Smallmouth feeding tactics and smallmouth fly selection are very much like largemouth above. Downsize just a tad for smallmouth, however, and don’t be afraid to go super small in some finesse situations.
If you’re covering a lot of water for smallmouth with flies, again you’ll use a more active fly like a Clouser (particularly in larger bodies of water), Hollow Fleye (craft fur and bucktail), Game Changer (craft fur, feathered), Double Deceiver, Swingin’ D, etc. This may also include topwater flies like Umpqua’s Diving Frog, Ron Dong Crease Fly, or a Double-Barrel popper.
If the smallmouth are negative or you know right where they are, you’ll fish slow and deep normally, often sight-fishing. Flies like the Equalizer, Chocklett’s Changer Craw, small Clousers, and PC Goby are excellent for doing finesse or subsurface fly fishing for smallmouth bass.
Take the same approach as you would with largemouth bass by learning about what conventional tackle anglers are doing, particularly pro bass anglers.
Photo: Lou Uecker
FLY FISHING FOR SPOTTED BASS
Spotted bass are really two species: northern spotted bass (rarely over 5 pounds) and Alabama bass (double digits, mainly in California). They are similar to each other, and most people don’t distinguish them, as scientists for a long time considered them to be the same species. For the purposes of this article, we will consider them the same fish, spotted bass.
These bass are some of the most aggressive and tough bass that you’ll encounter. They are somewhat small in most cases, but in California, you get some absolute monsters—these are actually Alabama bass. Outside of California, you can plan on your average-sized spotted bass being smaller than an average smallmouth in most cases.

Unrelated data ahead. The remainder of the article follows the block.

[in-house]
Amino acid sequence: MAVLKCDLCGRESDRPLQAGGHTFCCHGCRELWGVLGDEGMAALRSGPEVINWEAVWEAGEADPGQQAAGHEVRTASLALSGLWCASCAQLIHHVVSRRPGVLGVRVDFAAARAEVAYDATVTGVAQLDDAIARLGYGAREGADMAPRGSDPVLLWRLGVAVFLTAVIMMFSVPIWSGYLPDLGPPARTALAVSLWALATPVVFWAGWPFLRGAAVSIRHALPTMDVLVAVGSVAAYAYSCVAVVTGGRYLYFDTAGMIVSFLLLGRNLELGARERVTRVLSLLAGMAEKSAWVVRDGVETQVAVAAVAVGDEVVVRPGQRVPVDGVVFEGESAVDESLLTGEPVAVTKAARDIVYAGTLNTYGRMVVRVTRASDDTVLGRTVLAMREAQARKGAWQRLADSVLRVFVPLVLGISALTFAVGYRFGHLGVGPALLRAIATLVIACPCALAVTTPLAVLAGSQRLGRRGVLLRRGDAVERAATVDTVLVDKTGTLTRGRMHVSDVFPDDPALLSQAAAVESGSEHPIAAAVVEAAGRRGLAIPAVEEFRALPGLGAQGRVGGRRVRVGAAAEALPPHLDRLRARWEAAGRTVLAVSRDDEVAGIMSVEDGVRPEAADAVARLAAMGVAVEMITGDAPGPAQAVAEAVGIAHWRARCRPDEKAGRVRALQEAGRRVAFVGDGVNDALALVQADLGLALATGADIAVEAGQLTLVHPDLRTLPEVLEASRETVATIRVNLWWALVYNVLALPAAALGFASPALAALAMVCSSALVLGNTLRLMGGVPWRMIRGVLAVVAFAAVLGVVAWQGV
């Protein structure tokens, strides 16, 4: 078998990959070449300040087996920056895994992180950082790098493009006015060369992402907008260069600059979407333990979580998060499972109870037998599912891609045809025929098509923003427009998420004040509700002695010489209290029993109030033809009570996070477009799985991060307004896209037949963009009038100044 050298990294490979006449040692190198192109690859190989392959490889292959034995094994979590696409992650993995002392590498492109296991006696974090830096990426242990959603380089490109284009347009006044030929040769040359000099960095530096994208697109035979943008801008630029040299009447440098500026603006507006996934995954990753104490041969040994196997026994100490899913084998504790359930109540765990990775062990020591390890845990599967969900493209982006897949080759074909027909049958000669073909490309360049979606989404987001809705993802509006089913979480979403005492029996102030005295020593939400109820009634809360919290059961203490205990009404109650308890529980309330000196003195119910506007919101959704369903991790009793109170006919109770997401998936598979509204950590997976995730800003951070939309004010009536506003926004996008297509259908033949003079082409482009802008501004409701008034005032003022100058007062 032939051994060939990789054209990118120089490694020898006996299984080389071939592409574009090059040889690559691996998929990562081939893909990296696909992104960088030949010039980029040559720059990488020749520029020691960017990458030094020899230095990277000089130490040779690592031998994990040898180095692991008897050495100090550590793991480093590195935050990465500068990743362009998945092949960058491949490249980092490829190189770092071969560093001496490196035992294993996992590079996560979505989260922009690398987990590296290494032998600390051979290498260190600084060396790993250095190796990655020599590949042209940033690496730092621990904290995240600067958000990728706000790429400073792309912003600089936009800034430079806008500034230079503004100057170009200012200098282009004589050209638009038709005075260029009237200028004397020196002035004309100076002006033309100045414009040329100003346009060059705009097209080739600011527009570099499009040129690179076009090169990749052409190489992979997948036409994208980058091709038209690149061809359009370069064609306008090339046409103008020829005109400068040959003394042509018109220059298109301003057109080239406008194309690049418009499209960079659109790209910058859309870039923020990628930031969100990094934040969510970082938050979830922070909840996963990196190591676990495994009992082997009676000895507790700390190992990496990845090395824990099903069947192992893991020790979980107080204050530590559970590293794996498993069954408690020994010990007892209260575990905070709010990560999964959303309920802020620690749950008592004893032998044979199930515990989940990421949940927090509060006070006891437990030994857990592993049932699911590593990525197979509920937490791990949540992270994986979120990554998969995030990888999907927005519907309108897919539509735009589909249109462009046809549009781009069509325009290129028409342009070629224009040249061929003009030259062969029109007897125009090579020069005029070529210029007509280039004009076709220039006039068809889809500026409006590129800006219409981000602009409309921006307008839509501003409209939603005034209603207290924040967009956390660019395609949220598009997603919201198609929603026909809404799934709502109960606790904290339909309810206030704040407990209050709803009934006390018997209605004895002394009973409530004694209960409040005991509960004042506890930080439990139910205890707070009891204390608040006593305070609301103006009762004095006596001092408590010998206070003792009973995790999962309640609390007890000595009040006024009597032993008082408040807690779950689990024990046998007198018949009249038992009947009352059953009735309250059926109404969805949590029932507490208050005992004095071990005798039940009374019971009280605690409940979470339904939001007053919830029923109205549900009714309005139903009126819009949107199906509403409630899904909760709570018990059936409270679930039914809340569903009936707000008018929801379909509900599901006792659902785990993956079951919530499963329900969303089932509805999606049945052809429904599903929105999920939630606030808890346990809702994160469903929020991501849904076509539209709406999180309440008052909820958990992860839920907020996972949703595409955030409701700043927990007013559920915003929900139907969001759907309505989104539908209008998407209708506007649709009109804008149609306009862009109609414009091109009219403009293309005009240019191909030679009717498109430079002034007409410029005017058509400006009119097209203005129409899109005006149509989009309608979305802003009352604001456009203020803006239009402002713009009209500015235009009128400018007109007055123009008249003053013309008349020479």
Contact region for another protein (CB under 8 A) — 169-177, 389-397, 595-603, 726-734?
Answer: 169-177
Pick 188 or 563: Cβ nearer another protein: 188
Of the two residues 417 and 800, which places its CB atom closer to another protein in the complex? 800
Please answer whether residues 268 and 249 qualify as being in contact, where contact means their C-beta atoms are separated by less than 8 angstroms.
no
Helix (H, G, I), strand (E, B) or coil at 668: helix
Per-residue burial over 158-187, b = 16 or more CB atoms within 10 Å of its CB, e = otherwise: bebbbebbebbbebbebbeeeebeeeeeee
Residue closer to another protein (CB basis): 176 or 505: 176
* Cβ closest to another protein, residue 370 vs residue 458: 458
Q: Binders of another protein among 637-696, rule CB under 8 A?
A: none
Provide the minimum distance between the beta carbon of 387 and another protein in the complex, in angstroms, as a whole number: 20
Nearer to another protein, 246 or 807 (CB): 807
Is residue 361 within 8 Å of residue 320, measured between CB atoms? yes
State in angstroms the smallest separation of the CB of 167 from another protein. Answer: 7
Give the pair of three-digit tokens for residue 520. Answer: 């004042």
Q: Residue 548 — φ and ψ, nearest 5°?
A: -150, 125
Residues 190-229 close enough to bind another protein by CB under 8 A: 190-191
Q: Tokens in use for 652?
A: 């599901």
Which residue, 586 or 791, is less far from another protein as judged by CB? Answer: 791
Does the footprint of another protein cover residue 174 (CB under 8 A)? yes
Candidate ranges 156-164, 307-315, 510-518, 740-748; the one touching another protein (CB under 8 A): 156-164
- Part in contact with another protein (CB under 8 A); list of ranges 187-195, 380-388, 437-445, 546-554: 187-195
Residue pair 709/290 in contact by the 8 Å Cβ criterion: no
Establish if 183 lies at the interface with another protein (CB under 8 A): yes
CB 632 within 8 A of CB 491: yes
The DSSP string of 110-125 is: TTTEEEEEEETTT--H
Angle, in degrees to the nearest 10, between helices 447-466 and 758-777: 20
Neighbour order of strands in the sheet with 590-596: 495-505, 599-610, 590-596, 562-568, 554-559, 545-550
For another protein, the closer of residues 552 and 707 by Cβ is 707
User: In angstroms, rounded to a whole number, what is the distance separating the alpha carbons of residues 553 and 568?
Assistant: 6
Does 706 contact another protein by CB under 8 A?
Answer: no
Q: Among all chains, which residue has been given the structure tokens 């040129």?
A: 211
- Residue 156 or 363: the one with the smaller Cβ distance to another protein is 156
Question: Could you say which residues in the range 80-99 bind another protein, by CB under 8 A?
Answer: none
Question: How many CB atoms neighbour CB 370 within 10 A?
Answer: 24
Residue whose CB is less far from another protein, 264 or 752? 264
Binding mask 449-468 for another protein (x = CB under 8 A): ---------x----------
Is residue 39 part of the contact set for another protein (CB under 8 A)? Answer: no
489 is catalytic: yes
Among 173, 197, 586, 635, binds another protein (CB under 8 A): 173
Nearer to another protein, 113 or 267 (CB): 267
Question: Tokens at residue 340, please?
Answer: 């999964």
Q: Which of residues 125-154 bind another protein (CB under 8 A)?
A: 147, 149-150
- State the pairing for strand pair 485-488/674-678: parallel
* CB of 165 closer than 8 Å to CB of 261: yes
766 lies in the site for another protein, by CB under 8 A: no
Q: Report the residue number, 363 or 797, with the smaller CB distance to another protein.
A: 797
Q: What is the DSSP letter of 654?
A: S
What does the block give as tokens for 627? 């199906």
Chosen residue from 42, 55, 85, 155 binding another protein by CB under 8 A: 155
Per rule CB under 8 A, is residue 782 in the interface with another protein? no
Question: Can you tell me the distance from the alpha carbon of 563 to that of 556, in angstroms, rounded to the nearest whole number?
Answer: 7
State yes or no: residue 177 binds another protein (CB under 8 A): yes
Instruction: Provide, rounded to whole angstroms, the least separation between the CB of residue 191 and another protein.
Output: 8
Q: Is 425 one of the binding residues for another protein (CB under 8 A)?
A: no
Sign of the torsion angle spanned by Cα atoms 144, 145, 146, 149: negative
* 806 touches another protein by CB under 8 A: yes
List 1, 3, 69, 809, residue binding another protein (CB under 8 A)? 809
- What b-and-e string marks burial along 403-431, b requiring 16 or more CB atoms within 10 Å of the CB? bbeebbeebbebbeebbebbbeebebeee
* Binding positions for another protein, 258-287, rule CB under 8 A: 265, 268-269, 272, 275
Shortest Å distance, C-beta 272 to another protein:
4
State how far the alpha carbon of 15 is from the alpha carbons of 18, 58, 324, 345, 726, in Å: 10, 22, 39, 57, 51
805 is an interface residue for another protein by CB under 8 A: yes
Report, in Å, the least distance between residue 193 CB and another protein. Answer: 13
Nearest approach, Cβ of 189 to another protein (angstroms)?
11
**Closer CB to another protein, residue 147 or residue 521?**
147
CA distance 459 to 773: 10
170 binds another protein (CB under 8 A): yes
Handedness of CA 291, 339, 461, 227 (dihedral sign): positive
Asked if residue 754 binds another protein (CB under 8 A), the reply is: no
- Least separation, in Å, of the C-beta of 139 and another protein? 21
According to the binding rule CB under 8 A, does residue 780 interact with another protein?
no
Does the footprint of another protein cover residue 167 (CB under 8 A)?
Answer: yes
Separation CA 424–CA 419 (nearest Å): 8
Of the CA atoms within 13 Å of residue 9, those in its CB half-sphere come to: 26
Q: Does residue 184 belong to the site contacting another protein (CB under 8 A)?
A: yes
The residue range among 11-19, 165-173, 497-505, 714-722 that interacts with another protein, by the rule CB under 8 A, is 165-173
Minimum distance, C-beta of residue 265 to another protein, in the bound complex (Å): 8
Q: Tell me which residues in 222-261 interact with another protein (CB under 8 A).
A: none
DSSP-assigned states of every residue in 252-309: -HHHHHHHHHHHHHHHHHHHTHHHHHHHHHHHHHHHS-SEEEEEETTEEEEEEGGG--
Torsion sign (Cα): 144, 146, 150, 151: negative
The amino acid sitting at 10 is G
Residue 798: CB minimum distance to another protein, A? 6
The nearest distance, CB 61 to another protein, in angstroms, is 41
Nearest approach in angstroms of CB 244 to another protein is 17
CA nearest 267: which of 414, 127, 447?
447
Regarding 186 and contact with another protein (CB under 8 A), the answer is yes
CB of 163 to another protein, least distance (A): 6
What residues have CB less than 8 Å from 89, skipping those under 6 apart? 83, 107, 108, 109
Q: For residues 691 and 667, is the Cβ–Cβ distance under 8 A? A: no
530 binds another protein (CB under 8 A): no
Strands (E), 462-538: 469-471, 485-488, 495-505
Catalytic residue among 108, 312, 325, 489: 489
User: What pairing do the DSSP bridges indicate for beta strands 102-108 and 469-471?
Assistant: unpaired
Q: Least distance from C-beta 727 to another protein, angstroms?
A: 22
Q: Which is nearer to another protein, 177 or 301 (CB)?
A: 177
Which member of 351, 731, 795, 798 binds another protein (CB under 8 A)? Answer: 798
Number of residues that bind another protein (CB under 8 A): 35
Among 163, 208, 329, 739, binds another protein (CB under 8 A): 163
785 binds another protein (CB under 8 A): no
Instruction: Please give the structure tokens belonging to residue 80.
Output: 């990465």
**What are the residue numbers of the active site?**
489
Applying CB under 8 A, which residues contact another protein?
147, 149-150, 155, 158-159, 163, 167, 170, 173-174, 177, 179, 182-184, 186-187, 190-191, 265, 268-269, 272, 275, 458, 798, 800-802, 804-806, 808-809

Spotted bass behave more like smallmouth than they do largemouth. In fact, spotted bass/Alabama bass will often cause local bass populations to go down because of their voracious nature. Largemouth can often survive this because they move to more highly vegetated areas of the lake or reservoir that spotted bass don’t populate in high numbers. In other words, largemouth bass will sometimes inhabit certain areas that spotted bass will not.
Flies and tactics for spotted bass are primarily the same as you would use for smallmouth and largemouth, but because they are on average a little smaller, you can often use flies you would use for a population of slightly smaller smallmouth bass. This would obviously change if you were pursuing the larger populations of spotted bass (Alabama bass) in California.
FLY FISHING FOR ROCK BASS
A bonus bass is the rock bass. Rock bass are the true transition from the panfish version of sunfish to the bass species. They look exactly like you would expect a bluegill crossed with a smallmouth bass would look. Rock bass inhabit many bodies of water in the East, Midwest, and Southern United states and many of the Eastern Provinces of Canada.
Fly fishing for rock bass isn’t really something I have ever heard anyone doing. Rock bass are almost always bycatch when you’re fly fishing for smallmouth, bluegill, crappie, or largemouth.